Los Niños, Las Niñas, and the Hispanic Family Puzzle?

11 Oct 2004|Felipe Korzenny

Maria Hernandez arrived in the US 15 years ago when she was 20 years old. She came illegally from Mexico to join her boyfriend, Juan, who had preceded her. He came 2 years earlier and learned a lot about how to live in the US. Juan taught Maria much about what products to purchase, where, and introduced her to new customs he developed in those two years. Juan and Maria soon had a baby girl, Martha.

When Martha was 3 years old she got twin brothers, Mario and Miguel. At 7 years of age Martha and her younger brothers spoke the Spanish their parents taught them. Martha also learned English at school and when playing with kids in the neighborhood. The kids watched Spanish language TV with their parents in the evening, but during the day they watched English language shows. They learned a lot from those shows, including a lot of their English. Juan and Maria both worked and earned a good enough income to qualify for a home loan. They purchased their first home. That was one of their dreams.

Juan and Maria thought they would like to have some of the “abuelitos” (their own parents and the grandparents of Martha) join them so they could enjoy their company, but also they could help by being at home with Martha and her two brothers while they were at work. Soon the household was composed of 2 parents, 2 grandparents, and 3 children. Each of them had a different level of proficiency in English and in Spanish.

The decisions about what to eat, what to drink, what movie to see, what car to buy, and many others were made by means of family discussions. Since all of them shared the consequences of most purchases, all had an interest in the decisions. The kids became very important in product decision making because they were the best informed about what is available in the market place. When Martha turned 12 and her brothers 9, they had an important influence in at least 60% of the purchases relevant to the family. Their parents and grandparents listened to them with respect because these kids just “knew more.”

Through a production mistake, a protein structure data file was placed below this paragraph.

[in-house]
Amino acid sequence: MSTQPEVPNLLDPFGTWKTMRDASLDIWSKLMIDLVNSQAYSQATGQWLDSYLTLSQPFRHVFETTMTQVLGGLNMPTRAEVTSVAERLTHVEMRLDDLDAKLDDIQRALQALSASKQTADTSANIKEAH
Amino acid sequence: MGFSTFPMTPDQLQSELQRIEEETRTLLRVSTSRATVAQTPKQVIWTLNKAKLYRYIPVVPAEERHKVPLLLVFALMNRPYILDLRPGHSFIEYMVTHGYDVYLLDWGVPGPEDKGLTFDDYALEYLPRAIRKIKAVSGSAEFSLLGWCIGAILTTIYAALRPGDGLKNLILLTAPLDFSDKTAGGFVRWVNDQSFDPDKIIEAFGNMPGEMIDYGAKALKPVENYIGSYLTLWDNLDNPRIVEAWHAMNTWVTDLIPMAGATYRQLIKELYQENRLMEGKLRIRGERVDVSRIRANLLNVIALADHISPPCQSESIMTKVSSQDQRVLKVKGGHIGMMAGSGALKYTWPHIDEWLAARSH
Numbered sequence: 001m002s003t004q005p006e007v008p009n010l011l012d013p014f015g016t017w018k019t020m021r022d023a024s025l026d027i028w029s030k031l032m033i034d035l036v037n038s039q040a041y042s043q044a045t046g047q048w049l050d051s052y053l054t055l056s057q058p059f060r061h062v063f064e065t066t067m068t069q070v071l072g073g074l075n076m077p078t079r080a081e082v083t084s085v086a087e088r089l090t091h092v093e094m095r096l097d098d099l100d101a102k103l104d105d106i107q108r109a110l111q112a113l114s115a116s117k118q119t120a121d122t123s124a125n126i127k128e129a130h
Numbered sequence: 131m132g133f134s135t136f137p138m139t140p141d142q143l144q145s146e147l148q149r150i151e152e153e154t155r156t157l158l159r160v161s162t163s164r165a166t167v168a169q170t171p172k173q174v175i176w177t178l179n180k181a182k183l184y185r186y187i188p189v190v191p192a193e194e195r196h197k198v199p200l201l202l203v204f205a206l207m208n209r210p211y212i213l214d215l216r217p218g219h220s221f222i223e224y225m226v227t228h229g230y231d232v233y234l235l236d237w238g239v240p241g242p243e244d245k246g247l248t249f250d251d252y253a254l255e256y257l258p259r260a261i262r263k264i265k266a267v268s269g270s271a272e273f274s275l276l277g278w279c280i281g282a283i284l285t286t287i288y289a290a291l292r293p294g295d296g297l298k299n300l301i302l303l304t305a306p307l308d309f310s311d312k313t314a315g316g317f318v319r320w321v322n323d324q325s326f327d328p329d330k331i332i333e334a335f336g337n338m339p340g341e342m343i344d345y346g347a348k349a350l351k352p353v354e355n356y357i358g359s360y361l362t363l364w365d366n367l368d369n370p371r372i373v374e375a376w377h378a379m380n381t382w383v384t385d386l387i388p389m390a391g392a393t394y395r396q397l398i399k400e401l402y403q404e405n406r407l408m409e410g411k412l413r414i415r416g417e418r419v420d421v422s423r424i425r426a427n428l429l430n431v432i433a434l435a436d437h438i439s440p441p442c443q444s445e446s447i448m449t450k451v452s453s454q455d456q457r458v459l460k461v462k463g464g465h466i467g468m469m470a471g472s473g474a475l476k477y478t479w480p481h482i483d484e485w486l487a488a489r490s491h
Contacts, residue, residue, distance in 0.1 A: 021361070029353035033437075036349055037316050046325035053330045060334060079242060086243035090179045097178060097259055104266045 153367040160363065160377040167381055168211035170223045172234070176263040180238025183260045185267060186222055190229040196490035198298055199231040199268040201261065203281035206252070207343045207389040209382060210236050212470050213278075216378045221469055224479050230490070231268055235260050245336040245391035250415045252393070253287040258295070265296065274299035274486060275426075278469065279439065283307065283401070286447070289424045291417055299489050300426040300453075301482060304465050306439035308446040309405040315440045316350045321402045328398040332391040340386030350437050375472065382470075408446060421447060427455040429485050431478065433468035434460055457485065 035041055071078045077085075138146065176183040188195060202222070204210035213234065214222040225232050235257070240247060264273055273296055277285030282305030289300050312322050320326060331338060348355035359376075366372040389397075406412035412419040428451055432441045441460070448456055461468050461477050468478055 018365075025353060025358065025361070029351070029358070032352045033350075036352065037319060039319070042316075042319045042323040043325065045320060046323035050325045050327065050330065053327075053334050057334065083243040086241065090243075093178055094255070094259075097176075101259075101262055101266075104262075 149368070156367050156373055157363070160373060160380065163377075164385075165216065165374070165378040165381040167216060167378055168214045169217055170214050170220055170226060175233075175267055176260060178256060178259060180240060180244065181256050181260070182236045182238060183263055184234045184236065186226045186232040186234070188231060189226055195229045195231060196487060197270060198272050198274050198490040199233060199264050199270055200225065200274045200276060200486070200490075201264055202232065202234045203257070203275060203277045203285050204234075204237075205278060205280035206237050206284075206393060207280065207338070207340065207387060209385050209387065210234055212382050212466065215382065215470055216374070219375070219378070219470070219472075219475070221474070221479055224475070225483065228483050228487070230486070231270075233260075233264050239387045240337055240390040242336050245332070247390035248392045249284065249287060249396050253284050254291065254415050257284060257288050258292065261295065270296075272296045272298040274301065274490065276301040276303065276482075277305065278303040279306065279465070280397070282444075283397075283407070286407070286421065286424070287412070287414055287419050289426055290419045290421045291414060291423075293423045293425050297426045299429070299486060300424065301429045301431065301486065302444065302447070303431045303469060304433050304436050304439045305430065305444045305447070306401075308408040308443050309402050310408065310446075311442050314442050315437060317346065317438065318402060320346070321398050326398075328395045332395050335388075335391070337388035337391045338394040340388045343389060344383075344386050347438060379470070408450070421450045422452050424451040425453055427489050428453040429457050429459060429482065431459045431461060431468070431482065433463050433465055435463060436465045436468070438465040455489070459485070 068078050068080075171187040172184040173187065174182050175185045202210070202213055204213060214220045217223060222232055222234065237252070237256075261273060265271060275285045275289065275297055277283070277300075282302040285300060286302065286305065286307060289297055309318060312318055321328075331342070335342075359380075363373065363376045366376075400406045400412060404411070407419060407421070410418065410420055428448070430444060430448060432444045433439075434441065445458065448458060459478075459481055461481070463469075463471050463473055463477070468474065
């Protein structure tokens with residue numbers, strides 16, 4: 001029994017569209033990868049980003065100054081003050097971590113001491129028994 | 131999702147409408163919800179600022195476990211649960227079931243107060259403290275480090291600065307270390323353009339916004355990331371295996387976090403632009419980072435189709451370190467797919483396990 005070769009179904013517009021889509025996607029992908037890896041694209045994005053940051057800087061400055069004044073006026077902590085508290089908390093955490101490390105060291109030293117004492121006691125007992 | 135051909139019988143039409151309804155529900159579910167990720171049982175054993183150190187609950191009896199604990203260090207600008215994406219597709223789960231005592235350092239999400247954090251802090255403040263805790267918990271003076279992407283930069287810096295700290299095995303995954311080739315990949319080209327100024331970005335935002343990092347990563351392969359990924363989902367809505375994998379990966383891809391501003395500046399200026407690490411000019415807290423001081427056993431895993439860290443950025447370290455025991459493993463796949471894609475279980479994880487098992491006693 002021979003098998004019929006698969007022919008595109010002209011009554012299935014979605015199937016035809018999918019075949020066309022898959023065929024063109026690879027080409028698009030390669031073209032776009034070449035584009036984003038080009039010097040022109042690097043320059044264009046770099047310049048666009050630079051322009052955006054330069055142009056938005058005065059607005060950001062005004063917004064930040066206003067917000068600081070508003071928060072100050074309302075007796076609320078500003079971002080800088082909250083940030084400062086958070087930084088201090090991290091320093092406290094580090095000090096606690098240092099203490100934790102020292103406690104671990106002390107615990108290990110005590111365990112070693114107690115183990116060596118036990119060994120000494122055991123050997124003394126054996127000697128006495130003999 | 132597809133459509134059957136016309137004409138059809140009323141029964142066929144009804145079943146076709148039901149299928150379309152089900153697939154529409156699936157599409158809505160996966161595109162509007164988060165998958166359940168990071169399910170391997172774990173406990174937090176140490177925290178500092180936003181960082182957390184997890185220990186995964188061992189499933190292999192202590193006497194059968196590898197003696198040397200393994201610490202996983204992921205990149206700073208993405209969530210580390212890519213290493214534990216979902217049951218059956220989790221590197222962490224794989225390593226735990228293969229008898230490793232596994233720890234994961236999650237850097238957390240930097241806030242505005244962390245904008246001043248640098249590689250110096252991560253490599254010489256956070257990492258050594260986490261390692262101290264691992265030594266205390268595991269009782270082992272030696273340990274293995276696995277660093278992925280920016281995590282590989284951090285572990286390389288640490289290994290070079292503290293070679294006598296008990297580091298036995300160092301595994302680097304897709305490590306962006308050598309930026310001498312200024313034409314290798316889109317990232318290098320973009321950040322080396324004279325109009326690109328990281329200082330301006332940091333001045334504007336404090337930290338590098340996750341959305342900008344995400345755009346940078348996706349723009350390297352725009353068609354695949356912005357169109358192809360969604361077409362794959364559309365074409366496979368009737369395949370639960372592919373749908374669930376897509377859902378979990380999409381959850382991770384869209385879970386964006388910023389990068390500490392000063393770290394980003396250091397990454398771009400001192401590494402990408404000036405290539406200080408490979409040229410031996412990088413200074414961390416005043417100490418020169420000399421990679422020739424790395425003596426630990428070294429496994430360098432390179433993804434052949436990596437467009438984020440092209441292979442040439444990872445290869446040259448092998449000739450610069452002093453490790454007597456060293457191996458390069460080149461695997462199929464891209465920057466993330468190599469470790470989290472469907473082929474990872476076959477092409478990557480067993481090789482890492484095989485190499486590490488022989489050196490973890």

Maria and Juan also tended to indulge their kids quite a bit because they wanted the children to enjoy what they did not have when they were young. In many ways these kids grew up prematurely for US standards but they grew up happy and loved. When the kids were teens they wanted what all teens want except that they felt proud when Hispanic stars became popular and the “Americans” would look up to Hispanics.

These kids grew up in a cultural conundrum but with pride. In their early adulthood they became good citizens and in many ways reclaimed a lot of their Hispanic heritage that had been diluted during their teen years. Some enlightened marketers that understood the trajectory of this archetypal family, did well with the millions of families like them.

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